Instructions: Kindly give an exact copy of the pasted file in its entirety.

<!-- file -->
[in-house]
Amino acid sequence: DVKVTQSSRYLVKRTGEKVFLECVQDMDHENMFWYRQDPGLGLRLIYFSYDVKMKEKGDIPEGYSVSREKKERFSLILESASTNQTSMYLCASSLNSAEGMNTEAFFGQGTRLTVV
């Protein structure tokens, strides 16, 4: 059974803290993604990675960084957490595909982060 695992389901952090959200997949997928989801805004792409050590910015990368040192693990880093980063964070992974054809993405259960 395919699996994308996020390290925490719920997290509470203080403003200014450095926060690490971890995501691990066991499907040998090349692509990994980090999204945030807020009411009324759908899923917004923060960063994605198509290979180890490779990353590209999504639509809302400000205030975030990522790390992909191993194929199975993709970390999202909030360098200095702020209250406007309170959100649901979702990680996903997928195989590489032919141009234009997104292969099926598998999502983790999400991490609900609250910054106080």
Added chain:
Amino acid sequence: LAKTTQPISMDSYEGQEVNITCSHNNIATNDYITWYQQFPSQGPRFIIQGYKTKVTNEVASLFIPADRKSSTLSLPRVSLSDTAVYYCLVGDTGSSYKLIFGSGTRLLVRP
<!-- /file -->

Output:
[in-house]
Amino acid sequence: DVKVTQSSRYLVKRTGEKVFLECVQDMDHENMFWYRQDPGLGLRLIYFSYDVKMKEKGDIPEGYSVSREKKERFSLILESASTNQTSMYLCASSLNSAEGMNTEAFFGQGTRLTVV
């Protein structure tokens, strides 16, 4: 059974803290993604990675960084957490595909982060 695992389901952090959200997949997928989801805004792409050590910015990368040192693990880093980063964070992974054809993405259960 395919699996994308996020390290925490719920997290509470203080403003200014450095926060690490971890995501691990066991499907040998090349692509990994980090999204945030807020009411009324759908899923917004923060960063994605198509290979180890490779990353590209999504639509809302400000205030975030990522790390992909191993194929199975993709970390999202909030360098200095702020209250406007309170959100649901979702990680996903997928195989590489032919141009234009997104292969099926598998999502983790999400991490609900609250910054106080």
Added chain:
Amino acid sequence: LAKTTQPISMDSYEGQEVNITCSHNNIATNDYITWYQQFPSQGPRFIIQGYKTKVTNEVASLFIPADRKSSTLSLPRVSLSDTAVYYCLVGDTGSSYKLIFGSGTRLLVRP